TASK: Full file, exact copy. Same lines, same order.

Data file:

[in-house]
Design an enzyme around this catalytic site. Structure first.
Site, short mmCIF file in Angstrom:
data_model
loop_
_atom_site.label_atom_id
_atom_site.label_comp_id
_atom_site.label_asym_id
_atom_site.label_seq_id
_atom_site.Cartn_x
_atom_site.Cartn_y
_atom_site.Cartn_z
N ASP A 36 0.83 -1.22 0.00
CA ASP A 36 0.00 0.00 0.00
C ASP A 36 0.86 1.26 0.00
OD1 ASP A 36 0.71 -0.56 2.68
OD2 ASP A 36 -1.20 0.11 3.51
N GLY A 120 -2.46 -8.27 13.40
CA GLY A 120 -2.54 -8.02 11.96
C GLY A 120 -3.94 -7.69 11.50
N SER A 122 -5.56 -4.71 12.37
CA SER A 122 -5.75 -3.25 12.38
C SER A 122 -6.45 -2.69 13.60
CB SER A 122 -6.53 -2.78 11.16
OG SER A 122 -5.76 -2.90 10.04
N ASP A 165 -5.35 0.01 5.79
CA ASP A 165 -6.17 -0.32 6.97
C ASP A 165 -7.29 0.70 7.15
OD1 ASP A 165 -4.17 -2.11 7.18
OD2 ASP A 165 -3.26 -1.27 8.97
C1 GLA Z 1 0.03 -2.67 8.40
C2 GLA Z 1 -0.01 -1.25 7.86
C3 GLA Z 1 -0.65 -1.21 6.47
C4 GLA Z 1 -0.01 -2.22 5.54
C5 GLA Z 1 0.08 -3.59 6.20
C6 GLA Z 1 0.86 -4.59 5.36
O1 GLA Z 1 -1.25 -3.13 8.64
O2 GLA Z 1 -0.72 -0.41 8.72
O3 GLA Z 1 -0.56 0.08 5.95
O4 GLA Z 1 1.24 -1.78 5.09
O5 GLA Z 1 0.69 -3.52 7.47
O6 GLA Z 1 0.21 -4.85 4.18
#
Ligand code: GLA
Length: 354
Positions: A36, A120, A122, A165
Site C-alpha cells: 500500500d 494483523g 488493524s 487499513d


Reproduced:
[in-house]
Design an enzyme around this catalytic site. Structure first.
Site, short mmCIF file in Angstrom:
data_model
loop_
_atom_site.label_atom_id
_atom_site.label_comp_id
_atom_site.label_asym_id
_atom_site.label_seq_id
_atom_site.Cartn_x
_atom_site.Cartn_y
_atom_site.Cartn_z
N ASP A 36 0.83 -1.22 0.00
CA ASP A 36 0.00 0.00 0.00
C ASP A 36 0.86 1.26 0.00
OD1 ASP A 36 0.71 -0.56 2.68
OD2 ASP A 36 -1.20 0.11 3.51
N GLY A 120 -2.46 -8.27 13.40
CA GLY A 120 -2.54 -8.02 11.96
C GLY A 120 -3.94 -7.69 11.50
N SER A 122 -5.56 -4.71 12.37
CA SER A 122 -5.75 -3.25 12.38
C SER A 122 -6.45 -2.69 13.60
CB SER A 122 -6.53 -2.78 11.16
OG SER A 122 -5.76 -2.90 10.04
N ASP A 165 -5.35 0.01 5.79
CA ASP A 165 -6.17 -0.32 6.97
C ASP A 165 -7.29 0.70 7.15
OD1 ASP A 165 -4.17 -2.11 7.18
OD2 ASP A 165 -3.26 -1.27 8.97
C1 GLA Z 1 0.03 -2.67 8.40
C2 GLA Z 1 -0.01 -1.25 7.86
C3 GLA Z 1 -0.65 -1.21 6.47
C4 GLA Z 1 -0.01 -2.22 5.54
C5 GLA Z 1 0.08 -3.59 6.20
C6 GLA Z 1 0.86 -4.59 5.36
O1 GLA Z 1 -1.25 -3.13 8.64
O2 GLA Z 1 -0.72 -0.41 8.72
O3 GLA Z 1 -0.56 0.08 5.95
O4 GLA Z 1 1.24 -1.78 5.09
O5 GLA Z 1 0.69 -3.52 7.47
O6 GLA Z 1 0.21 -4.85 4.18
#
Ligand code: GLA
Length: 354
Positions: A36, A120, A122, A165
Site C-alpha cells: 500500500d 494483523g 488493524s 487499513d